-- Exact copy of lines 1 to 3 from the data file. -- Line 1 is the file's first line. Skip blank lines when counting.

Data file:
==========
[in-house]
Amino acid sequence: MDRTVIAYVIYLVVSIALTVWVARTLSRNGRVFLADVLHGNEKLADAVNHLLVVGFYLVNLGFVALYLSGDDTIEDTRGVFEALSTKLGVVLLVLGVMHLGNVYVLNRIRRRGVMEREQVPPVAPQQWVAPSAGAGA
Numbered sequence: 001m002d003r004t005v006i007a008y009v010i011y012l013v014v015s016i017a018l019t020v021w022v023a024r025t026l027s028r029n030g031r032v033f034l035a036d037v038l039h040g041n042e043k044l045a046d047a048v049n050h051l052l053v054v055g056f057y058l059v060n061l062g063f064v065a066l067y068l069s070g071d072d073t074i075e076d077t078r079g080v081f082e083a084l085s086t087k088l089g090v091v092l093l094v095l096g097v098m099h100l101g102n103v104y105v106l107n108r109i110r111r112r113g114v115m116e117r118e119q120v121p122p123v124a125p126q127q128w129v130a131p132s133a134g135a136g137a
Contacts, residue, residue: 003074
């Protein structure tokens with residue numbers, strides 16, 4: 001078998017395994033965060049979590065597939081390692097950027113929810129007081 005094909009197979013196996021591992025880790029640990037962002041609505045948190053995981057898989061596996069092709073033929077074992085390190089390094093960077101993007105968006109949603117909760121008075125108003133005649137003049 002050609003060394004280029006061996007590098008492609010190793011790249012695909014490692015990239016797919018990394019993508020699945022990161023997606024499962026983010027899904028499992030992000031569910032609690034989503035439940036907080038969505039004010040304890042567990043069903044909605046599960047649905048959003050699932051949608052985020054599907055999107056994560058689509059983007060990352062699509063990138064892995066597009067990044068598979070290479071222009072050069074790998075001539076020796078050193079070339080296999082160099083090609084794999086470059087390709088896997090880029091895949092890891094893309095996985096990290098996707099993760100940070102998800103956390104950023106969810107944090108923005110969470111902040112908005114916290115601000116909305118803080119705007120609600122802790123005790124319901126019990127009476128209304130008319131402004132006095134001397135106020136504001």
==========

[in-house]
Amino acid sequence: MDRTVIAYVIYLVVSIALTVWVARTLSRNGRVFLADVLHGNEKLADAVNHLLVVGFYLVNLGFVALYLSGDDTIEDTRGVFEALSTKLGVVLLVLGVMHLGNVYVLNRIRRRGVMEREQVPPVAPQQWVAPSAGAGA
Numbered sequence: 001m002d003r004t005v006i007a008y009v010i011y012l013v014v015s016i017a018l019t020v021w022v023a024r025t026l027s028r029n030g031r032v033f034l035a036d037v038l039h040g041n042e043k044l045a046d047a048v049n050h051l052l053v054v055g056f057y058l059v060n061l062g063f064v065a066l067y068l069s070g071d072d073t074i075e076d077t078r079g080v081f082e083a084l085s086t087k088l089g090v091v092l093l094v095l096g097v098m099h100l101g102n103v104y105v106l107n108r109i110r111r112r113g114v115m116e117r118e119q120v121p122p123v124a125p126q127q128w129v130a131p132s133a134g135a136g137a